TWO dog lovers said they were delighted to be able to represent their country in a world championship sled competition.

Craig Martin, 43, and Steve Bartlett, 60, both from Canvey took competed in the World Sleddog Association Dryland World Championships.

The event was hosted by The Alaskan Malamute Working Association and held at Firle Park Gates estate, Firle, Lewes in East Sussex.

It was the first time the huge event has been held in the UK.

The championship event saw more than 200 entries across a number of dog classes and teams from 15 countries competing.

The two Canvey racers said it was a fantastic event and experience.

Craig Martin said: “I took on the rescue class in the championships and came fifth.

“It was brilliant to be part of such a big event and mixing with the top racers in the world from as far as Russia.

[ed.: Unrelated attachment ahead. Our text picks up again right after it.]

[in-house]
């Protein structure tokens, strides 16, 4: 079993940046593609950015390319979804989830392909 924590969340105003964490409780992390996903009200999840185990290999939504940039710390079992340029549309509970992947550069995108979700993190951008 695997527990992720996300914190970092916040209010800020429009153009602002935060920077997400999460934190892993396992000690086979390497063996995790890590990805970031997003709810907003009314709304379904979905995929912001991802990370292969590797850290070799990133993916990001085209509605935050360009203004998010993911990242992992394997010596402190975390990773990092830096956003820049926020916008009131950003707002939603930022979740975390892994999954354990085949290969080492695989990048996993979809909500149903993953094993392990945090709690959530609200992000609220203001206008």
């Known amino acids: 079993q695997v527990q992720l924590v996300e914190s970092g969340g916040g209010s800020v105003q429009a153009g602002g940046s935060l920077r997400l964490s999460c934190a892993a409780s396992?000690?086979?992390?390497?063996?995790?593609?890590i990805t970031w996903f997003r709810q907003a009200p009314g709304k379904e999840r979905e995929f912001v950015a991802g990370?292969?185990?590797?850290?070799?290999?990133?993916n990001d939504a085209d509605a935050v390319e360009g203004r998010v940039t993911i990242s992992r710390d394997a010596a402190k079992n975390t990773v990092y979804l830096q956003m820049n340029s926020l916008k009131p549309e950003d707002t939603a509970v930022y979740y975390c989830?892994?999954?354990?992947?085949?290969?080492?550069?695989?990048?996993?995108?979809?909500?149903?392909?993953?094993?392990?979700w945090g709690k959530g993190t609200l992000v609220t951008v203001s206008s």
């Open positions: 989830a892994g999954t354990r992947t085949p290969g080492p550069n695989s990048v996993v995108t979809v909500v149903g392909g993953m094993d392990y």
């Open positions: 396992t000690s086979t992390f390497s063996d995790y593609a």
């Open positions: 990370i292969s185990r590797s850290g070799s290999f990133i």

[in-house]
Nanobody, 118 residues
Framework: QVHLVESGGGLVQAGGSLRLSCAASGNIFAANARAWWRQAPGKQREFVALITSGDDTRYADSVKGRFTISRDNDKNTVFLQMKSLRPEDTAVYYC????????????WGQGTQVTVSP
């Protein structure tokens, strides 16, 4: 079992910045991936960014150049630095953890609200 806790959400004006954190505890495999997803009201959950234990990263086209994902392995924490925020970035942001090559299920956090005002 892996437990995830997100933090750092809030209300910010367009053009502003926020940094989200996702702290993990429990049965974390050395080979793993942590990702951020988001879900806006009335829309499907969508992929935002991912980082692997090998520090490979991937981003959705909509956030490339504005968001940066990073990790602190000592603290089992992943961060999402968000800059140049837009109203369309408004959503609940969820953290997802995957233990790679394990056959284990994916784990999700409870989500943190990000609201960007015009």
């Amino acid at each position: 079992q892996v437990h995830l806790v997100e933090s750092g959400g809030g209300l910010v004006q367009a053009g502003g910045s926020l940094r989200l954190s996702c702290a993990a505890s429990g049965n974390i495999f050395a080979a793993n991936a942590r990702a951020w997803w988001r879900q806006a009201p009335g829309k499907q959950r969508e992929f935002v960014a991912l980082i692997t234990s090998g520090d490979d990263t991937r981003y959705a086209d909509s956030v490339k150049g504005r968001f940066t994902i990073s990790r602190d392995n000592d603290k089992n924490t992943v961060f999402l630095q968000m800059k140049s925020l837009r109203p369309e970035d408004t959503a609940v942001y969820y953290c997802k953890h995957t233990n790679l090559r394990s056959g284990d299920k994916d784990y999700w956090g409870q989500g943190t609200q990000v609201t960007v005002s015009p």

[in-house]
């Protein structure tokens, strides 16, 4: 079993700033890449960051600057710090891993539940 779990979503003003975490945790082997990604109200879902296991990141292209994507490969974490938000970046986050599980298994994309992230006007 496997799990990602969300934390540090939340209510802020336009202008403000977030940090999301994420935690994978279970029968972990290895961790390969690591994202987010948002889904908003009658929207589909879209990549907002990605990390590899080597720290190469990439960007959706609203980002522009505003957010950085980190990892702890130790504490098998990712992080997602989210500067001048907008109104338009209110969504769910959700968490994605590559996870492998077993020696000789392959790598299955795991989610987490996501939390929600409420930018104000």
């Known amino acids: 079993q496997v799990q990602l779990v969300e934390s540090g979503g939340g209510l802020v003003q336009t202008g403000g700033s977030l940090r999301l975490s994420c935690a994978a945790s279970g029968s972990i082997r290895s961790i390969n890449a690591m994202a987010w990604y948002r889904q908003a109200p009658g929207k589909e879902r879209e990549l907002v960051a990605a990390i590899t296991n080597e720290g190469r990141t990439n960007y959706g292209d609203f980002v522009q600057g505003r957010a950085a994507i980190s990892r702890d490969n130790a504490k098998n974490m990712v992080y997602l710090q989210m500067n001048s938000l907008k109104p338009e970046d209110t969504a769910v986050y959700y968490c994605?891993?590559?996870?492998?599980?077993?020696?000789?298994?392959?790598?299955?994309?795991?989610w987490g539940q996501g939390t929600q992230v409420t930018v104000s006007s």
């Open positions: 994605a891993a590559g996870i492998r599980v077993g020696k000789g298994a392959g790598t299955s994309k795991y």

“This is the first time the event has included a class for rescue dogs so it was even more special to be a part of the event due to this.

“This is probably the toughest course I have ever done because of the weather conditions and the mud and the hills.

“The dogs loved it and they get as much out of the event as we do.

“I have taken part in other race events in the past.

“Last year I took part in two races for the British Sled Sports Federation Championships.

“I volunteer with the Siberian Husky Welfare Association UK charity and have helped to rehome lots of dogs.

“I got into the racing as I had a Husky and couldn’t seem to tire it out.”

Steve Bartlett, 60, took on the two day Malamute class and came ninth on the day.

He said: “It was a fantastic atmosphere on the day.

“It was an experience of a lifetime and I am so proud of the dogs.

“My class race took part over two days and taking on the 5km course twice.

“It was a hilly course and is quite thrillseeking to take part in these events.

“I run Artic Rainbow Kennels on Canvey and so was also there to represent our kennels.

“We had lots of supporters at the event on the day which was great.

“I have been racing dogs like this for about 15 years in the UK.”